After sitting at a desk for years, I thought I already knew what I needed while shopping for an adjustable standing desk. It turns out I had a lot to learn. For one thing, it is not just about the look of the desk itself. Sure, I need to like its curves and lines. But I had to see if the one I liked measured up in all the right places.
If you are considering an adjustable sit and stand desk, you’ll certainly make sure the space it needs to occupy is available where you want it to be placed in the office. But if you are considering a model that rests atop a regular sitting desk, be sure there is enough room for cables to move up and down behind it. You will also need a little space around it to move up and down freely without knocking things over or blocking its fully collapsed position. These are not the only measurements you need to make, however.
Does it measure up in all the crucial places?
If your ergonomics consultant didn’t tell you, sitting at a desk requires individual sizing and placement of all the pieces. Getting a standing desk requires the same attention to detail.
Not all standing desks are created equal—at least not to the heights you need. While there are adjustable desks, even ones that you can move up and down within seconds, they vary in heights of adjustment.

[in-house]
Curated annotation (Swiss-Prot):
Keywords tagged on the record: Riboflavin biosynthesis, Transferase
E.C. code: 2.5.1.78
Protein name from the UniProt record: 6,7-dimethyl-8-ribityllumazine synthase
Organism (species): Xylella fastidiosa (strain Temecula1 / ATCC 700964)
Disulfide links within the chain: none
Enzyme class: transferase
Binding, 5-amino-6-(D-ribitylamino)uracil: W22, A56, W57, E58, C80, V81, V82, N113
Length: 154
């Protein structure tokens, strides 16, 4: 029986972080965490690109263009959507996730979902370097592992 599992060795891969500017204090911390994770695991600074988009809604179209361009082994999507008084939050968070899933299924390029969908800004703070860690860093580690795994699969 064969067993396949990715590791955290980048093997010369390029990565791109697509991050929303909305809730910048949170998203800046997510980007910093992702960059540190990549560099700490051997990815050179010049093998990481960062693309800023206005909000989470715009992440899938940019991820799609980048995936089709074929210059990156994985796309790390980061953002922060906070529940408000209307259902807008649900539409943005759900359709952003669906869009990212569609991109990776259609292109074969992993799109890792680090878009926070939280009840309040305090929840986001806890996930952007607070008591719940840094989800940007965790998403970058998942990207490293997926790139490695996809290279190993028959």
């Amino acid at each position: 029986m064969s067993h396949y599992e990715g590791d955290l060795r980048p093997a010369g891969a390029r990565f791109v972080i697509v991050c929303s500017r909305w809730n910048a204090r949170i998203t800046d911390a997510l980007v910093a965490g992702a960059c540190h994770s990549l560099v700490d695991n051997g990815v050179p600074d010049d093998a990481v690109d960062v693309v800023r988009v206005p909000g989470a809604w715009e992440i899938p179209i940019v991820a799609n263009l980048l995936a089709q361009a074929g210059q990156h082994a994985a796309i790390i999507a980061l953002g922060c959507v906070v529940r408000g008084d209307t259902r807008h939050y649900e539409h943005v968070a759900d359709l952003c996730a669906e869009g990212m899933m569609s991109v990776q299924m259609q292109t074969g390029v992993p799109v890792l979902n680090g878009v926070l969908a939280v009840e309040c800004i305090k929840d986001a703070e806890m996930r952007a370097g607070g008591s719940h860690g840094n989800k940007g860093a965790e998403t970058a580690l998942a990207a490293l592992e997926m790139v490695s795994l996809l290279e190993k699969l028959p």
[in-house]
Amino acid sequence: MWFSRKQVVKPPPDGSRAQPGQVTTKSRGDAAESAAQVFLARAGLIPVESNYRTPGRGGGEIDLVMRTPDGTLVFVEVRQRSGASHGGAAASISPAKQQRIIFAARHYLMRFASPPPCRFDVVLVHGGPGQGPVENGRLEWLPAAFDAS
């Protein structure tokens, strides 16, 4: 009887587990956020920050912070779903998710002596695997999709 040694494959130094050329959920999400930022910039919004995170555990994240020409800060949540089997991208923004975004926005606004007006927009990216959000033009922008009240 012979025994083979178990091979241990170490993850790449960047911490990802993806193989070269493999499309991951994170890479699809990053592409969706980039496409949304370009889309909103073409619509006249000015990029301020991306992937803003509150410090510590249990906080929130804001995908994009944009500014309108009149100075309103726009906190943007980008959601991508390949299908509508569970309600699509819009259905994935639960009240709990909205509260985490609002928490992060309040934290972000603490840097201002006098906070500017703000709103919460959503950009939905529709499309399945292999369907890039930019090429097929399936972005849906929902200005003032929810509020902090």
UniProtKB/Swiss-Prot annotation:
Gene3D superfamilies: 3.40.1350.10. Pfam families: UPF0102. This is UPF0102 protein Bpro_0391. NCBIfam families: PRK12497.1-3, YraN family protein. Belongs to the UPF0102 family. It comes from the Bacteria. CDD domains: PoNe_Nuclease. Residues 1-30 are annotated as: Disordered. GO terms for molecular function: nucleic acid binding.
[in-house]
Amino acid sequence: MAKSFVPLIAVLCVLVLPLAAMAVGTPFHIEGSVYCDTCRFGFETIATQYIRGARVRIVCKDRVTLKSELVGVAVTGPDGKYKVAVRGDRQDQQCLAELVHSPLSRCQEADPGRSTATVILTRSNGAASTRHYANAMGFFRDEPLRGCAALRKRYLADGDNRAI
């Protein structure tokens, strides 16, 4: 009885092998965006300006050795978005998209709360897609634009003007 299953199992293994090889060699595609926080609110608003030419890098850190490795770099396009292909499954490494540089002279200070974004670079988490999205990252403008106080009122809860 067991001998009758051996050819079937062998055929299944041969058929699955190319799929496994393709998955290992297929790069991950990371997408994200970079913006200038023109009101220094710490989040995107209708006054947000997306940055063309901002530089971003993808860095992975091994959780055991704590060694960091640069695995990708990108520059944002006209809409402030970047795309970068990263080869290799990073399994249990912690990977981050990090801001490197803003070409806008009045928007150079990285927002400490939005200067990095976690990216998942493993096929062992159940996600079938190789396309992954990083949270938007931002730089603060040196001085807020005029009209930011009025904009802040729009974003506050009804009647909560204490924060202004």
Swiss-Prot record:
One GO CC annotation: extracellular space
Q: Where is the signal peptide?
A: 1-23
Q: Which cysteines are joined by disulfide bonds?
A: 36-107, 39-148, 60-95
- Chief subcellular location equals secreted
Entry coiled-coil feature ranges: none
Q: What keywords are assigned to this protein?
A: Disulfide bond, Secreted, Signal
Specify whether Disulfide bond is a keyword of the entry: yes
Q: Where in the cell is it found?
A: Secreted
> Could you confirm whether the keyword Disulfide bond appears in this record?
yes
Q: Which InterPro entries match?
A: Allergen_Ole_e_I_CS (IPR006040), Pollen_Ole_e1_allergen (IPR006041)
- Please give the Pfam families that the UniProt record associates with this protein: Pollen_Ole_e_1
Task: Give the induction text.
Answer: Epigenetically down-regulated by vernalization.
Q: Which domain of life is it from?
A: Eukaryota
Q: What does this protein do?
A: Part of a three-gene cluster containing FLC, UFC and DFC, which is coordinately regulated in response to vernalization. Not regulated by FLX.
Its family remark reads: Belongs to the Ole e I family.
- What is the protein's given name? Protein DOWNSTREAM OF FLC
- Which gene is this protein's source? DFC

You need to determine what height will be right for you to work in both the standing and sitting positions. This matters not only for the height of the keyboard and mouse, but also the position and tilt of the monitors.
Forearm positioning is crucial
You’ll note in the diagram that both the standing and sitting heights allow the forearms to be parallel to the floor while typing and using the mouse. The monitor is also placed in the optimum ergonomic position whether sitting or standing—the top of the monitor is near eye-level. These positions vary from one person to another, so the desk must be adjustable with the keyboard tray placed lower than the surface upon which the monitor rests. Many adjustable standing desk designs therefore place the keyboard tray in a lower position relative to the desk’s main surface.